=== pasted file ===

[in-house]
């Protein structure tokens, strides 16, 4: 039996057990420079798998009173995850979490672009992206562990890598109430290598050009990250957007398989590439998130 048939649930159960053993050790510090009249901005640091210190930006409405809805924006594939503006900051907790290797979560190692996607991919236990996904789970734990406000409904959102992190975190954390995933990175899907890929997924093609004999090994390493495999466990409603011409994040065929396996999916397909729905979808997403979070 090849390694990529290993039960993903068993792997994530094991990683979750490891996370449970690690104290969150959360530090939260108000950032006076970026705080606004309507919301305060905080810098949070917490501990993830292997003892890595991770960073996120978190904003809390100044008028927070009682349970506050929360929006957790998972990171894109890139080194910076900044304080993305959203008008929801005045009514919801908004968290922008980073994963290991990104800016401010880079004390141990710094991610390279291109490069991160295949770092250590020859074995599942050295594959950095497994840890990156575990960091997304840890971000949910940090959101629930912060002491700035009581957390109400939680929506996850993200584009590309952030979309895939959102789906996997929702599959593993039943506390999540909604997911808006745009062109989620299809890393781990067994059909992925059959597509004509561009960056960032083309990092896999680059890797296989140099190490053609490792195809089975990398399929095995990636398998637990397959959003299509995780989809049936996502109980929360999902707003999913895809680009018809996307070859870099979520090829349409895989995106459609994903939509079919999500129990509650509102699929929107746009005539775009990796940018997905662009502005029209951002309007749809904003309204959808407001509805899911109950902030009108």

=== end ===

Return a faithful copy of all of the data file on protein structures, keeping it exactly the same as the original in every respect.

[in-house]
């Protein structure tokens, strides 16, 4: 039996057990420079798998009173995850979490672009992206562990890598109430290598050009990250957007398989590439998130 048939649930159960053993050790510090009249901005640091210190930006409405809805924006594939503006900051907790290797979560190692996607991919236990996904789970734990406000409904959102992190975190954390995933990175899907890929997924093609004999090994390493495999466990409603011409994040065929396996999916397909729905979808997403979070 090849390694990529290993039960993903068993792997994530094991990683979750490891996370449970690690104290969150959360530090939260108000950032006076970026705080606004309507919301305060905080810098949070917490501990993830292997003892890595991770960073996120978190904003809390100044008028927070009682349970506050929360929006957790998972990171894109890139080194910076900044304080993305959203008008929801005045009514919801908004968290922008980073994963290991990104800016401010880079004390141990710094991610390279291109490069991160295949770092250590020859074995599942050295594959950095497994840890990156575990960091997304840890971000949910940090959101629930912060002491700035009581957390109400939680929506996850993200584009590309952030979309895939959102789906996997929702599959593993039943506390999540909604997911808006745009062109989620299809890393781990067994059909992925059959597509004509561009960056960032083309990092896999680059890797296989140099190490053609490792195809089975990398399929095995990636398998637990397959959003299509995780989809049936996502109980929360999902707003999913895809680009018809996307070859870099979520090829349409895989995106459609994903939509079919999500129990509650509102699929929107746009005539775009990796940018997905662009502005029209951002309007749809904003309204959808407001509805899911109950902030009108």